Glaucoma, Acute Angle-Closure (AACG)
Glaucoma is a nonspecific term used for several ocular diseases that ultimately result in increased intraocular pressure (IOP) and decreased visual acuity. Acute angle-closure glaucoma (AACG) is an ocular emergency and receives distinction due to its acute presentation, need for immediate treatment, and well-established anatomic pathology.1 Rapid diagnosis, immediate intervention, and referral can have profound effects on patient outcome and morbidity.
The acute angle closure literature has been plagued by the lack of a uniform definition and specific diagnostic criteria. Only in recent years has there been a strong push to standardize the definitions of the various forms of angle closure disease. Primary angle closure, primary angle-closure glaucoma, acute angle closure, and acute angle-closure glaucoma were previously used interchangeable. Now, acute angle closure is defined as at least 2 of the following symptoms: ocular pain, nausea/vomiting, and a history of intermittent blurring of vision with halos; and at least 3 of the following signs: IOP greater than 21 mm Hg, conjunctival injection, corneal epithelial edema, mid-dilated nonreactive pupil, and shallower chamber in the presence of occlusion.
Primary angle closure is defined as an occludable drainage angle and features indicating that trabecular obstruction by the peripheral iris has occurred (ie, peripheral anterior synechiae, increased IOP, distortion of iris fibers [iris whorling], lens opacities, excessive trabecular pigmentation deposits). An eye in which contact between the peripheral iris and the posterior trabecular meshwork is considered possible based on ocular anatomy is termed primary angle closure suspect. The term glaucoma is added if glaucomatous optic neuropathy is present.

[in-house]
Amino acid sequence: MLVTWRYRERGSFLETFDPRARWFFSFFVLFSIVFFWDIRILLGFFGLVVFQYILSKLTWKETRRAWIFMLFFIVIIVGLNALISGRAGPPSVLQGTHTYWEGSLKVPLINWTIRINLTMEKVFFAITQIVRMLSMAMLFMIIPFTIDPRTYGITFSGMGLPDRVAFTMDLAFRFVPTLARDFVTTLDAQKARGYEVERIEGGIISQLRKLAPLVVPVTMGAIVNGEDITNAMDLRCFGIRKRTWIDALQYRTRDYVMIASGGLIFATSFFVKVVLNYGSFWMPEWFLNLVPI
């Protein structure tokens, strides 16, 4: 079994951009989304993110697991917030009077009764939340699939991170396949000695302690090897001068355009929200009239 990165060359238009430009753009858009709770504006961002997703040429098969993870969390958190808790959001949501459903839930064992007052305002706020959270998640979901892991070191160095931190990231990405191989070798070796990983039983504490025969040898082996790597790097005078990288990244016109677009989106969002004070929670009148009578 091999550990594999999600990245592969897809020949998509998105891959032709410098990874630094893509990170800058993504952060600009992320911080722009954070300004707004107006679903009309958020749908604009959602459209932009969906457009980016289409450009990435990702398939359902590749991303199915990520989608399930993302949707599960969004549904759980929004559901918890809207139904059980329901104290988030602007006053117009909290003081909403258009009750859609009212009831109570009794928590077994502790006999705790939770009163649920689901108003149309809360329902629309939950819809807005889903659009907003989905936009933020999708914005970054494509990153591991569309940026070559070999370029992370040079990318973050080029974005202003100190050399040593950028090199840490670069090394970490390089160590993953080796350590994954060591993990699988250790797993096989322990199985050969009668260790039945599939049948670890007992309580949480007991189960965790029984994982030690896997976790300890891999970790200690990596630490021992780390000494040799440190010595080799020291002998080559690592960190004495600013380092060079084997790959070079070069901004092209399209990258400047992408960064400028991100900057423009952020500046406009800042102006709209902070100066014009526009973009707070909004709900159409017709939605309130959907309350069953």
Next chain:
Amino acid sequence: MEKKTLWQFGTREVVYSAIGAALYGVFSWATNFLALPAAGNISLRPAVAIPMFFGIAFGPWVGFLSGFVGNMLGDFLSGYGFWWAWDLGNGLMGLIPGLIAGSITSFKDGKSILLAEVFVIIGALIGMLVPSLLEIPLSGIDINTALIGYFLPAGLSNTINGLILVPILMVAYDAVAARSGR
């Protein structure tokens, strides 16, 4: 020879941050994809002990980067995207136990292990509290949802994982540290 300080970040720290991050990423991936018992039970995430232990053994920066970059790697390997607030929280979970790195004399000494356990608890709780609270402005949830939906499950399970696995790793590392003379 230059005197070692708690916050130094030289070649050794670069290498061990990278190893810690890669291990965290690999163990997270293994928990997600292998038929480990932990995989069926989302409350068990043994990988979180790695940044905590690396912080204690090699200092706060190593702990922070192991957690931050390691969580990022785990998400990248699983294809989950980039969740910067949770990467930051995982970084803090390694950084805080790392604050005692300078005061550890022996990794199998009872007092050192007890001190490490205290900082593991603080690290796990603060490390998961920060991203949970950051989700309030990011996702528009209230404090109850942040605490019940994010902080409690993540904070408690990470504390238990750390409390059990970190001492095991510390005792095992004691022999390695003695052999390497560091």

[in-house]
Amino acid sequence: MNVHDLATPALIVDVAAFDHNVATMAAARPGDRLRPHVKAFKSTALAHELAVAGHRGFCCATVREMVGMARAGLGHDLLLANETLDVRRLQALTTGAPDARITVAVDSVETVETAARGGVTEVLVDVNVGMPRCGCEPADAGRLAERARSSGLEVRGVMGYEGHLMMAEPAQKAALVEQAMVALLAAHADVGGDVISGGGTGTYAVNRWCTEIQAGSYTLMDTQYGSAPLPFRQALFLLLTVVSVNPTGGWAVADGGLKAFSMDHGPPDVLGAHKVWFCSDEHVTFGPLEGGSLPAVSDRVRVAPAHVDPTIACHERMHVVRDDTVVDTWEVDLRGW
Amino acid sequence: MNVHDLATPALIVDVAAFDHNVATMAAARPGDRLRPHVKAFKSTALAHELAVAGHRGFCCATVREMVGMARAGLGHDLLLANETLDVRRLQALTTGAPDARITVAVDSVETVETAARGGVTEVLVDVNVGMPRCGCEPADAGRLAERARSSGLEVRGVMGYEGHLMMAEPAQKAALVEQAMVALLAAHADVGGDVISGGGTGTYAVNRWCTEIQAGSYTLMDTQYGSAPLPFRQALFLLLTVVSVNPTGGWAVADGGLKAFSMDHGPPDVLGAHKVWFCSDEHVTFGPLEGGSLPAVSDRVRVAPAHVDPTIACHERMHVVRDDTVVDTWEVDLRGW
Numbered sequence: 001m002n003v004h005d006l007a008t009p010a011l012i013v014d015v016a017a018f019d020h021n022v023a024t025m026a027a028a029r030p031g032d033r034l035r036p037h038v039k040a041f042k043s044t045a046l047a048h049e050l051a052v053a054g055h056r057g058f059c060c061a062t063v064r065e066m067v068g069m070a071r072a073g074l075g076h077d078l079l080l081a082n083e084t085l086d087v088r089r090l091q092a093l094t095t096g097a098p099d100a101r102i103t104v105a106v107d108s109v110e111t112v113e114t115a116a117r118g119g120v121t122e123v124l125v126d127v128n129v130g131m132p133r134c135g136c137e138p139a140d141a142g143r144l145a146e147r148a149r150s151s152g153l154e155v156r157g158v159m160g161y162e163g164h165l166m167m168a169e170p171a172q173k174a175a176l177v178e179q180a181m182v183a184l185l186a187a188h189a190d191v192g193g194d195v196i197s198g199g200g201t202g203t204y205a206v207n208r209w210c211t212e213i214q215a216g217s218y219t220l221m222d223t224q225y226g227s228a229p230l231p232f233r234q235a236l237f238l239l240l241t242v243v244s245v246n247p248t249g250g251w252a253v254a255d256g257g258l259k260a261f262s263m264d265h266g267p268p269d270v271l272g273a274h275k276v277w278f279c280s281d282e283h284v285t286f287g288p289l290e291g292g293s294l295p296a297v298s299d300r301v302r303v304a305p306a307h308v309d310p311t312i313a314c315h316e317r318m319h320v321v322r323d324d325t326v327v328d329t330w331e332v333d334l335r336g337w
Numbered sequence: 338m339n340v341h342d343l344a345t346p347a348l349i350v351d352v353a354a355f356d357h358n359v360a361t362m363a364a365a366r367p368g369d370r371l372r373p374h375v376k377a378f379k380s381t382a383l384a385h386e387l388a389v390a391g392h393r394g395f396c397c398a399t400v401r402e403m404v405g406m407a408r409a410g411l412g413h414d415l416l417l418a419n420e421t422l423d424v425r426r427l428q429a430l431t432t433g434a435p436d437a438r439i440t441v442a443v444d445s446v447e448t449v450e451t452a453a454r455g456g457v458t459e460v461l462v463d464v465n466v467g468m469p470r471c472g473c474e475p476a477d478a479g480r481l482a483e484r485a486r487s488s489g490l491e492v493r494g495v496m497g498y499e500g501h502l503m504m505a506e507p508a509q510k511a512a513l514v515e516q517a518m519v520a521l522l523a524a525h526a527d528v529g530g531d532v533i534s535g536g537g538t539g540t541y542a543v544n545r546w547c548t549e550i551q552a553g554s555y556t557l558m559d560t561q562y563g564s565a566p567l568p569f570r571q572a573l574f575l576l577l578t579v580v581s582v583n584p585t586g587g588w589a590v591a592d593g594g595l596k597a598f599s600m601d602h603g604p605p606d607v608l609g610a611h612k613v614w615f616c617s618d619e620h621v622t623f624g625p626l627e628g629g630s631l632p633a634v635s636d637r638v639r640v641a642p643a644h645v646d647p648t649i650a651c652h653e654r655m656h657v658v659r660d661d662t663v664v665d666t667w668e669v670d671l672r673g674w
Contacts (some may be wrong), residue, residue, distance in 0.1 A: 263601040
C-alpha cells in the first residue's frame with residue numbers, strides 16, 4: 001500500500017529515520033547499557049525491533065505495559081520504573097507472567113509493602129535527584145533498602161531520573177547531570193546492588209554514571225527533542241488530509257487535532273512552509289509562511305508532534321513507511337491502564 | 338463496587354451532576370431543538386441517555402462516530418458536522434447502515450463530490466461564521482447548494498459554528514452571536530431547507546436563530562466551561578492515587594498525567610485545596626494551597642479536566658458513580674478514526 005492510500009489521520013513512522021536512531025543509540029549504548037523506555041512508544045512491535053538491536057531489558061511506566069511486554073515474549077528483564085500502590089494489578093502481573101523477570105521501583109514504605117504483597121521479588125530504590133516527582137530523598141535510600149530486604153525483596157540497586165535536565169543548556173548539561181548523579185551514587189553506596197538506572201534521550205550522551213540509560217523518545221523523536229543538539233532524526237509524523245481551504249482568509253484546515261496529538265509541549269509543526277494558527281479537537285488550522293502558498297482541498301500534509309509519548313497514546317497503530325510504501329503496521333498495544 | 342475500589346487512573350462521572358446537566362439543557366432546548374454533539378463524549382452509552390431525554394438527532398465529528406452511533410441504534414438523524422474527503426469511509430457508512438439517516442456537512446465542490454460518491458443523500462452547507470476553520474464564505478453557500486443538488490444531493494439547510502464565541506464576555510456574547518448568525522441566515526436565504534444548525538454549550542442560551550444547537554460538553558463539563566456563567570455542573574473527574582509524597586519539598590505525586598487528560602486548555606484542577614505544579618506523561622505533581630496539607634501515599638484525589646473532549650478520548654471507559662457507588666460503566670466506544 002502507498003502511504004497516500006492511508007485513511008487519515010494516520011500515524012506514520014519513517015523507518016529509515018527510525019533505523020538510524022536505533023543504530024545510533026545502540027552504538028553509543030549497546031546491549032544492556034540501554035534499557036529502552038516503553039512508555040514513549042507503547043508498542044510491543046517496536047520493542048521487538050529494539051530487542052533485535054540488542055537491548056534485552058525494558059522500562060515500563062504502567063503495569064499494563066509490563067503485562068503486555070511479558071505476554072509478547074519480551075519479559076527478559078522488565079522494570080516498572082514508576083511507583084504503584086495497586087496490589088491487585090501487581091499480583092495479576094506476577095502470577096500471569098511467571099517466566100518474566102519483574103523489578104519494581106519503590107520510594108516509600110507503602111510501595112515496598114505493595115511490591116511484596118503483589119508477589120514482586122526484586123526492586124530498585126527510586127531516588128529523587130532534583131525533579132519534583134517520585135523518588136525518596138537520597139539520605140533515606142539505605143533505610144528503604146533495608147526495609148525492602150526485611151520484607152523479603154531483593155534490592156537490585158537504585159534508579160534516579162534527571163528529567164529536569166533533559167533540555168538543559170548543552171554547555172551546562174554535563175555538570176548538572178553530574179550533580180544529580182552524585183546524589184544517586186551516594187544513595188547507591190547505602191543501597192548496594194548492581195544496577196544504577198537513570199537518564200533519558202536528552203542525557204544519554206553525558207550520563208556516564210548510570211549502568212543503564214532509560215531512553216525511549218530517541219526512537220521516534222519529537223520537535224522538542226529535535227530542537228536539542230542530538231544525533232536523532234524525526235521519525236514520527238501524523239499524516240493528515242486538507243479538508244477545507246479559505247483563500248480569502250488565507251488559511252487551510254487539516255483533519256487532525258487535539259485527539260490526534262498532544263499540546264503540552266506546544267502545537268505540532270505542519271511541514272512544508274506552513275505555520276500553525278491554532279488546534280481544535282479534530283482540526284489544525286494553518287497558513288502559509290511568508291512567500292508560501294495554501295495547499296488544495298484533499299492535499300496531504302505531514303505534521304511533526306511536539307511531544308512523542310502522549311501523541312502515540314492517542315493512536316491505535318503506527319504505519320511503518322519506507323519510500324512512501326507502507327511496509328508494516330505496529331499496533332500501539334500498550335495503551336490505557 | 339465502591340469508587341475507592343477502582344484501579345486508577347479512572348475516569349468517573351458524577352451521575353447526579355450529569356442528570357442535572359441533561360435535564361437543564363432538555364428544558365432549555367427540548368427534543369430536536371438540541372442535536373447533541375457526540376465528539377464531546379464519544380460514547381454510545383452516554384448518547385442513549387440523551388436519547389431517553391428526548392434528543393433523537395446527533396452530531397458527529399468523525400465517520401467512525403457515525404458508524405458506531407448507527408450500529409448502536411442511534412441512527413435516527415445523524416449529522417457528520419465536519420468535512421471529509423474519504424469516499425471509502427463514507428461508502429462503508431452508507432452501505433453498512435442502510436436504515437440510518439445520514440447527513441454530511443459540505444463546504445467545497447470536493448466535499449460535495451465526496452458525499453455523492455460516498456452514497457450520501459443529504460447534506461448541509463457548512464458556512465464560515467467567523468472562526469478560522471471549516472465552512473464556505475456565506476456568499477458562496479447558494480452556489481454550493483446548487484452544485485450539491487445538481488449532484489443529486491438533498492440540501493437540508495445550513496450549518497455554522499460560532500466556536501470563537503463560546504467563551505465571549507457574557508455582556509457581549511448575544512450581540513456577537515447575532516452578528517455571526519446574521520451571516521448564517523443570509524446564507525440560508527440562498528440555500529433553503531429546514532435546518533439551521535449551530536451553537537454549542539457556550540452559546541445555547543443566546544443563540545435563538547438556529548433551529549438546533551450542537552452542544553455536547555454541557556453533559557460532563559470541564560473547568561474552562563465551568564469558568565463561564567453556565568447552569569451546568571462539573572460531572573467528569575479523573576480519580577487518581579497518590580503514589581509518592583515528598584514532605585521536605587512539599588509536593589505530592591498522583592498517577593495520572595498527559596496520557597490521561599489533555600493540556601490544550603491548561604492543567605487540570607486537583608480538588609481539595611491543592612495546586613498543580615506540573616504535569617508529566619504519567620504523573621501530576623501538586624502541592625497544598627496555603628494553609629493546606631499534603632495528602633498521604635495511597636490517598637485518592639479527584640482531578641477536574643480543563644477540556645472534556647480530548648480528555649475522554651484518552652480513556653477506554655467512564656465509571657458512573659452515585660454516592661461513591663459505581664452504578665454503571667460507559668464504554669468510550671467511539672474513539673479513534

AACG represents the end stage of processes resulting in the compromised egress of aqueous humor circulation and the subsequent increase in IOP. Aqueous humor is produced by the ciliary body in the posterior chamber of the eye. It diffuses from the posterior chamber, through the pupil, and into the anterior chamber. From the anterior chamber, the fluid is drained into the vascular system via the trabecular meshwork and Schlemm canal contained within the angle.
Several anatomic abnormalities lead to anterior chamber crowding and predispose individuals to AACG. These include shallower anterior chambers, thinner ciliary bodies, a thinner iris, anteriorly situated thicker lens,2 and a shorter axial eye length. Recent studies have suggested that increased iris thickness and cross-sectional area are associated with increased risk.3 Of the many predisposing anatomical variations, a narrow angle has the most devastating consequences.
In the traditional model of AACG, the eye’s natural response of dilation to environmental or chemical stimuli results in a pathologic iris-lens apposition. The apposition and contact between the lens and the iris is called pupillary block. Furthermore, pupillary block describes a state in which the forward-most surface of the lens is anterior to the plane of the iris insertion into the ciliary body. As a result, aqueous flow from the posterior chamber to the anterior chamber is obstructed or altogether blocked. When pupillary block occurs in conjunction with the iris, the increasing pressure in the posterior chamber causes the pliable iris, particularly the peripheral region, to bow forward in a process termed iris bombé. Iris bombé further closes the already narrow angle and compromises aqueous drainage, thus increasing IOP.
Recent research has suggested an alternative pathophysiologic pathway for AACG. Cronemberger et al propose that acute events can be traced to an autonomic imbalance in individuals with AACG, specifically increased sympathetic tone. Furthermore, the iris dilator muscles in these individuals have been found to be more developed and stronger. In instances of increased ocular sympathetic tone, including emotional distress, low light conditions, or after sympathomimetic drug use, contraction of the iris dilator muscles leads to pupil dilatation and thickening of the middle-peripheral iris. This thickening can lead to angle closure, thereby obstructing the outflow of aqueous humor.4